Parking is available on Tambaroora Street, a short walk from the Presbyterian Church.

Maps and downloads

Safety messages

Mobile safety

Dial Triple Zero (000) in an emergency. Download the Emergency Plus app before you visit, it helps emergency services locate you using your smartphone's GPS. Please note there is limited mobile phone reception in this park and you’ll need mobile reception to call Triple Zero (000).

Accessibility

Wheelchairs can access this area with some difficulty

Prohibited

Smoking

NSW national parks are no smoking areas.

Learn more

Presbyterian church is in Hill End Historic Site. Here are just some of the reasons why this park is special:

A past to cherish

Beyers Cottage, Hill End Historic Site. Photo: John Spencer

Artists have long gravitated to picturesque Hill End. Since the Second World War the scarred landscape has drawn artists such as Russell Drysdale, Donald Friend, John Olsen and Brett Whiteley to capture the striking scenery on canvas. The Hill End Artist in Residence Program is run by Bathurst Regional Art Gallery and continues this tradition, offering contemporary artists an opportunity to make the pilgrimage to Hill End. Take a walk in the same landscape that has moved so many artists. Please note: Selected works from the program previously on display at the Jean Bellette Gallery in the Visitor’s Centre, will be re-located to a new venue at a date to be advised.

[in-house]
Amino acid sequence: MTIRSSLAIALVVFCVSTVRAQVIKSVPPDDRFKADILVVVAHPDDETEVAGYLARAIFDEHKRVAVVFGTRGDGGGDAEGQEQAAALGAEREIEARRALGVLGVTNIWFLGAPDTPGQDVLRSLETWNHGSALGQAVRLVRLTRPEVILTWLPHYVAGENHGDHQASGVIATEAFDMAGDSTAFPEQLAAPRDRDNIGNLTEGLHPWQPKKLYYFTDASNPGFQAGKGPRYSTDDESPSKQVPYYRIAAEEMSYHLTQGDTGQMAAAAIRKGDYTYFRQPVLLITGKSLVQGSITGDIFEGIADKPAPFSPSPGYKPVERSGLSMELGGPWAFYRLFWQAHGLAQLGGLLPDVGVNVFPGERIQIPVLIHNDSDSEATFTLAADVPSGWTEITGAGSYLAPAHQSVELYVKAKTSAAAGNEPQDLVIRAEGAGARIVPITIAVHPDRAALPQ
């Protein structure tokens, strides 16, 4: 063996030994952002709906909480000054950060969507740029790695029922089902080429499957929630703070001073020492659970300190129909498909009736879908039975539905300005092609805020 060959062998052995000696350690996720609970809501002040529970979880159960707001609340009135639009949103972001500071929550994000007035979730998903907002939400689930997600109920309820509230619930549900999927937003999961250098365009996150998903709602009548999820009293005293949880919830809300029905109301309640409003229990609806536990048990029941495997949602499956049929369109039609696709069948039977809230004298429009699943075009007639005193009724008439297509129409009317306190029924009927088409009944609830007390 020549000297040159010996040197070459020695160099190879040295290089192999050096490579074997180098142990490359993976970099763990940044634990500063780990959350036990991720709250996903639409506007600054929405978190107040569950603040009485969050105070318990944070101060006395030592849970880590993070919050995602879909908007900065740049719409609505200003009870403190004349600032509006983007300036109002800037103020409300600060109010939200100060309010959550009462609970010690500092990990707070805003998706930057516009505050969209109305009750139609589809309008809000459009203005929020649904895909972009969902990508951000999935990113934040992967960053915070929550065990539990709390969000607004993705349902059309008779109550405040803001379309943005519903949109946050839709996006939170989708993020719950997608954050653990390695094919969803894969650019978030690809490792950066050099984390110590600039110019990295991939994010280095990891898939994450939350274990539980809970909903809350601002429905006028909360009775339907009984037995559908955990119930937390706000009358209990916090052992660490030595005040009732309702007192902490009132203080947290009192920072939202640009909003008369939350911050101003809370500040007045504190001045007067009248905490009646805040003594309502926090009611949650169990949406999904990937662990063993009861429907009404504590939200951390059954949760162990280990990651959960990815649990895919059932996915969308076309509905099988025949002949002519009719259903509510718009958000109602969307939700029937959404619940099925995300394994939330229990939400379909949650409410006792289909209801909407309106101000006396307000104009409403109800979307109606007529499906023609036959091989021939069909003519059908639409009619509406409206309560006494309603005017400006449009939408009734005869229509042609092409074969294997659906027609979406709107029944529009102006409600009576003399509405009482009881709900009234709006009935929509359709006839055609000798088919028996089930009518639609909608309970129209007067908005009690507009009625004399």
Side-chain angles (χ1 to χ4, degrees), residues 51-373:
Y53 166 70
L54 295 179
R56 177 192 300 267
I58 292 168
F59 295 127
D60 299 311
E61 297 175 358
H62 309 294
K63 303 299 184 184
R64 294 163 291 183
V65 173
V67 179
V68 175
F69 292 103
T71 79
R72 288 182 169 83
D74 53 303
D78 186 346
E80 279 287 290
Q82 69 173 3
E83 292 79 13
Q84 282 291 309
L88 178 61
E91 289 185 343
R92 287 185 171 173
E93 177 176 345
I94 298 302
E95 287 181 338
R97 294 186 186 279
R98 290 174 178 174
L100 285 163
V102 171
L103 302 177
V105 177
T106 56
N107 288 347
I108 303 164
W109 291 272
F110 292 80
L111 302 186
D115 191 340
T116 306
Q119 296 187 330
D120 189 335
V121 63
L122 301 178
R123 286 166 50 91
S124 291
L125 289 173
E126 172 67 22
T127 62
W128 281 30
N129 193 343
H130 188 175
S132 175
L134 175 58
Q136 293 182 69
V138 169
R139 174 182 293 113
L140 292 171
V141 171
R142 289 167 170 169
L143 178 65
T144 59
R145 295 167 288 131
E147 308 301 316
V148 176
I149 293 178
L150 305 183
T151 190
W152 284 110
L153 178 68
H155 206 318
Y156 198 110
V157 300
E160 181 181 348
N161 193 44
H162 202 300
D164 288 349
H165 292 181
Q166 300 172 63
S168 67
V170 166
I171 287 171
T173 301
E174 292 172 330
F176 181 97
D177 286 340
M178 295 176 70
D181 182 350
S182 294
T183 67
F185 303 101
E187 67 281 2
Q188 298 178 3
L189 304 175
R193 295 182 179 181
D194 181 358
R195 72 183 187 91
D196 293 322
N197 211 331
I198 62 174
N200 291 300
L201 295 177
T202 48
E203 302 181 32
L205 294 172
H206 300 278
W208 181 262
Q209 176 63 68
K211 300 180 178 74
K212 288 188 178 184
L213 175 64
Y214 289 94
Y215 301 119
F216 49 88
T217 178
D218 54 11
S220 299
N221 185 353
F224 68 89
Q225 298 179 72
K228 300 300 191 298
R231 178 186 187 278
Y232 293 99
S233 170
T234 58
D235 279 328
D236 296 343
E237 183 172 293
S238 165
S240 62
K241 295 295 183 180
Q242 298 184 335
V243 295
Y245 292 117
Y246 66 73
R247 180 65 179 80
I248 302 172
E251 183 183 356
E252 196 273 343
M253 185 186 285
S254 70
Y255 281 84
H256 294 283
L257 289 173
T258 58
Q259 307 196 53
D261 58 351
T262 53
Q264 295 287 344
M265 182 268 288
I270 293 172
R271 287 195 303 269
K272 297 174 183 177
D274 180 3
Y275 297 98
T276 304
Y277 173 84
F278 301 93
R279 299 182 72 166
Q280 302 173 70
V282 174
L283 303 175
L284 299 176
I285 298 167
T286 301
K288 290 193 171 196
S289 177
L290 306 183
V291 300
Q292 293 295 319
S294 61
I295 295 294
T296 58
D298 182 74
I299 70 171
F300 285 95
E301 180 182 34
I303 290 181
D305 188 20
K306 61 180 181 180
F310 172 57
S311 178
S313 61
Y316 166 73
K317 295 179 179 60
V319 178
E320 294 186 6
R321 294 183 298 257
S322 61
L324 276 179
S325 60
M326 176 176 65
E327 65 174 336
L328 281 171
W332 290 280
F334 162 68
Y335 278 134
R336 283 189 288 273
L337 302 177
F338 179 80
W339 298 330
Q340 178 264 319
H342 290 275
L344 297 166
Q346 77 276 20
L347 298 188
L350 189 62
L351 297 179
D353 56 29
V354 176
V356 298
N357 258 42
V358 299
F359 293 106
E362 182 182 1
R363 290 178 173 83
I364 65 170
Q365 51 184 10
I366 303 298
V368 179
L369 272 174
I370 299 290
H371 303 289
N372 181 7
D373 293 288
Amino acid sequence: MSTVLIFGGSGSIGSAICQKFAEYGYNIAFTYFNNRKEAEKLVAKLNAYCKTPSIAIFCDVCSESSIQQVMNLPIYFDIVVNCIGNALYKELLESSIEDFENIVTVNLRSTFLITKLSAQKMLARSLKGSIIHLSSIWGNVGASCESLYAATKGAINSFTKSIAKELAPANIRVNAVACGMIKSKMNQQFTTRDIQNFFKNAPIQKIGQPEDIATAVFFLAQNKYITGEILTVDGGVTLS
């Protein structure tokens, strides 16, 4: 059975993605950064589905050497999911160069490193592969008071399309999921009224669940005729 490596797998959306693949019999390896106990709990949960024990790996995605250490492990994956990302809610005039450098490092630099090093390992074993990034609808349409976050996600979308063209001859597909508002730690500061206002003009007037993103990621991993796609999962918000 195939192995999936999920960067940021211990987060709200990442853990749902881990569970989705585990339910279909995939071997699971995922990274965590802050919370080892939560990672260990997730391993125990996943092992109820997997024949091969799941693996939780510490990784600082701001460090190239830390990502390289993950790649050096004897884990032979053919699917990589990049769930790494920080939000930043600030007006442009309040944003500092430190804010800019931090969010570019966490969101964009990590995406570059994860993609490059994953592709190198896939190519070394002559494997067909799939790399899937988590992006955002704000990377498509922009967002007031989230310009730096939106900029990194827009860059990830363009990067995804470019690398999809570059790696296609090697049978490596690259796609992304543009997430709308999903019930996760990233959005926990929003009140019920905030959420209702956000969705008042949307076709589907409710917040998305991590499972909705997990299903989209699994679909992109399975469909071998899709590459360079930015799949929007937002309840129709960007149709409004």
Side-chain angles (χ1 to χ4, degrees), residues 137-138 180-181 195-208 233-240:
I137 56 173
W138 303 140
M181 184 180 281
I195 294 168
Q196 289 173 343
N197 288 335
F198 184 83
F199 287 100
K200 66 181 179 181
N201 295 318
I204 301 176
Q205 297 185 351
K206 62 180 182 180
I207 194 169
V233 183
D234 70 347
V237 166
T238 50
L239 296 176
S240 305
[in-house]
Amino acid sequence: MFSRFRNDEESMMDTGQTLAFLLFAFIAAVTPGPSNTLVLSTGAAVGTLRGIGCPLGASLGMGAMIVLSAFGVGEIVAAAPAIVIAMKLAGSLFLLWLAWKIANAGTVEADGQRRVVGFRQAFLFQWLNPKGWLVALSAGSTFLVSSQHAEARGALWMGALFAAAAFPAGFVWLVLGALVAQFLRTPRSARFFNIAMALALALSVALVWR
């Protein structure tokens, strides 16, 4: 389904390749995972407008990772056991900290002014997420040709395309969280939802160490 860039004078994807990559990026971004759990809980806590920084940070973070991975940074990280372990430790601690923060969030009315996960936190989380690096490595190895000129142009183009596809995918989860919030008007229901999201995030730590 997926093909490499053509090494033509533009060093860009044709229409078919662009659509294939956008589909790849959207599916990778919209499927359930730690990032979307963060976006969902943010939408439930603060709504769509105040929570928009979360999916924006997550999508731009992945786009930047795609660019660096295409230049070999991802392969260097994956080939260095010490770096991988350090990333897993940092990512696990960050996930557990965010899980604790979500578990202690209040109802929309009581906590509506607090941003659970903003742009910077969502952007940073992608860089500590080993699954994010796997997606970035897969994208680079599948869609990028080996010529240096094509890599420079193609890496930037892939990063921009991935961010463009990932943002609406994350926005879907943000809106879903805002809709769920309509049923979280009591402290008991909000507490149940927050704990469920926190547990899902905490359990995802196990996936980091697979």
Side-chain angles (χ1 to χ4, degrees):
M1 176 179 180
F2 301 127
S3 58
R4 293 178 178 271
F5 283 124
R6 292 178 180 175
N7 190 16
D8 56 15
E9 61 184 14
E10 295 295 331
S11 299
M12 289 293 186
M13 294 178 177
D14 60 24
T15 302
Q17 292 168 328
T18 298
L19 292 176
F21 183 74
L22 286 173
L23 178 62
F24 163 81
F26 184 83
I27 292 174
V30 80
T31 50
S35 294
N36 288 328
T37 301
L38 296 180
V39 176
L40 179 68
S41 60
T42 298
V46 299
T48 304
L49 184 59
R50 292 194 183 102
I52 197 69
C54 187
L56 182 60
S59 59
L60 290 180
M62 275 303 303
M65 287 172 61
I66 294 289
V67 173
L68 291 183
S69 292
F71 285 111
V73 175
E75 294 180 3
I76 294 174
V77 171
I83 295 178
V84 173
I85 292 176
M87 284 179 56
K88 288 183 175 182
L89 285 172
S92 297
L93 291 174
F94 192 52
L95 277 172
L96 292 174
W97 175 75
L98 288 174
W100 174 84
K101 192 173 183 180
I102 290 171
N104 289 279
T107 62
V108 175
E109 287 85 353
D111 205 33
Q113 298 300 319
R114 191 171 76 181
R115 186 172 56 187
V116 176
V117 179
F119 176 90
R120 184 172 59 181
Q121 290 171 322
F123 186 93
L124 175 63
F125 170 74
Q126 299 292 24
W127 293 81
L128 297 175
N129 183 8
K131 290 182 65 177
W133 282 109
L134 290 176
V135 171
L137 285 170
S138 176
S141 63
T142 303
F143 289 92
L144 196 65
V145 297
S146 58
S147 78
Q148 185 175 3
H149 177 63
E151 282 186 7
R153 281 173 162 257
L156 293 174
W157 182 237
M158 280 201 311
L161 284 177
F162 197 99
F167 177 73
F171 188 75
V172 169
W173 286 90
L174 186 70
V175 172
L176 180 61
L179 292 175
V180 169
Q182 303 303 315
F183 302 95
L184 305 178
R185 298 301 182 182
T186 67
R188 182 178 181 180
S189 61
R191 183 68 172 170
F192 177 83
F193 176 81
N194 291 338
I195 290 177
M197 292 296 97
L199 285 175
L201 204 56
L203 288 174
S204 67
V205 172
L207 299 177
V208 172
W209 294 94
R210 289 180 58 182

The gold rush hit nearby Bathurst in 1851 and Hill End, swept up in the frenzy, was settled in 1852. It wasn’t until almost 20 years later, however, that large-scale mining began. After most of the mining population had moved on, it was the Gold Centenary Celebrations in 1951 that were the catalyst for Hill End being recognised for its significant heritage value.

  • Capertee and Hill End 4WD camping tour Explore the stunning sights of Capertee, the Turon River and Hill End on a 4WD camping adventure with Adrenalin Offroad Centre.
  • Cornish Quartz roasting pits The quartz roasting pits are a short drive from Hill End and are a significant historical remnant of Australia’s earlier mining heritage.
  • Denningtons Cottage Denningtons Cottage is a heritage miner’s cottage built in 1858 in Hill End, and now home to ceramic artist studio.